Wednesday 22 May 2024
Class Room


Any AI governance framework should have human rights and freedom of expression at its core. The misapplication or anything but careful application of AI is a potential problem. It may be that it will be considered a human rights violation not to use AI in the near future, as it already is for using “dumb” rather than “smart” bombs around civilian populations. ARTICLE 19 has identified three main reasons often given for the banning of specific technologies or use cases for red lines: inaccuracies in performance; inherent, unnecessary or disproportionate risks to human rights which cannot be mitigated and the exacerbation of power imbalances between institutions using facial recognition on individuals. Furthermore, due to technical limitations or inadequate policies, many AI systems cannot offer transparency into their decision-making and often when lives and livelihoods are at stake. All this points to a pressing need for a shared understanding of minimum standards of transparency and accountability and which satisfy the tests of ‘legality’ and due process.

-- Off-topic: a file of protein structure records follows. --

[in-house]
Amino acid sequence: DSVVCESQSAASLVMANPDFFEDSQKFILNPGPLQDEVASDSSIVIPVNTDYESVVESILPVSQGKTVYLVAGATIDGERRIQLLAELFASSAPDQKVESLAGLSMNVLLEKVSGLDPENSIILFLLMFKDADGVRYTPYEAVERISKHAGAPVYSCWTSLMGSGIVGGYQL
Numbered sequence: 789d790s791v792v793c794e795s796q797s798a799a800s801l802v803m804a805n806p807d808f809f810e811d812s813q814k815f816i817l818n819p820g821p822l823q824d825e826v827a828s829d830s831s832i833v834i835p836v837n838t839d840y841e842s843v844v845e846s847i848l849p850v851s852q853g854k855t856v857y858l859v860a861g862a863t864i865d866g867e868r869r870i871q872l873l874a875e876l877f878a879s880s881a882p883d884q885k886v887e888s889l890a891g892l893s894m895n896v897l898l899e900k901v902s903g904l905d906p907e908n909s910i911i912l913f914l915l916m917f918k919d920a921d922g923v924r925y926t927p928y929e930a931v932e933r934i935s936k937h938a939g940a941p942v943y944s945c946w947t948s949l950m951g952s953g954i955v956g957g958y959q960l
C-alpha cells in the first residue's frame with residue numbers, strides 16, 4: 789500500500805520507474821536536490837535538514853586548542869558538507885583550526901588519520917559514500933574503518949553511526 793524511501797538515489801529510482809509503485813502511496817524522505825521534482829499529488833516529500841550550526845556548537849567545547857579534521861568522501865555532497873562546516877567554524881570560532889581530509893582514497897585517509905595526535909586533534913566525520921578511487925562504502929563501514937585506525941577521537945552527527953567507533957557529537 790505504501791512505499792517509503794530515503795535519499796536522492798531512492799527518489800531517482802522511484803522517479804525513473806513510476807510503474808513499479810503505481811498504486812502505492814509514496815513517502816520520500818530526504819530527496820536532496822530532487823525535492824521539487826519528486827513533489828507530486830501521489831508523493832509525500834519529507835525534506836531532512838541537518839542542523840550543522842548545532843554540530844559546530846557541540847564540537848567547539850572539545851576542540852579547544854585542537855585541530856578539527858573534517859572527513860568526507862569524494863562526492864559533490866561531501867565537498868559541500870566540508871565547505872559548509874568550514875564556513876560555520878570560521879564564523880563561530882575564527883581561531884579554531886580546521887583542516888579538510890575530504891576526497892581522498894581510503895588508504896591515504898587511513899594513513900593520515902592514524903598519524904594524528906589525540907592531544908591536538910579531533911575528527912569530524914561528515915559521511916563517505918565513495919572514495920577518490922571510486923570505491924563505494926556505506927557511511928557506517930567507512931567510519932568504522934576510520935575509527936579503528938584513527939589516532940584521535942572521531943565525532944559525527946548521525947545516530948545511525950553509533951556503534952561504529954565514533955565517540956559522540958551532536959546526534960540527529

• How might freedom of expression concerns be addressed by a global governance framework for AI? (Reference to multilateral initiatives such as the UN’s ‘Pact for the Future and ‘the Global Digital Compact’ amongst others)?
  • How can we ensure that there is consistency in the application of ‘red lines’ globally?
  • What are the implications of the EU AI Act in setting red lines?
  • What tactics/strategies need to be employed to build red lines within AI governance frameworks?


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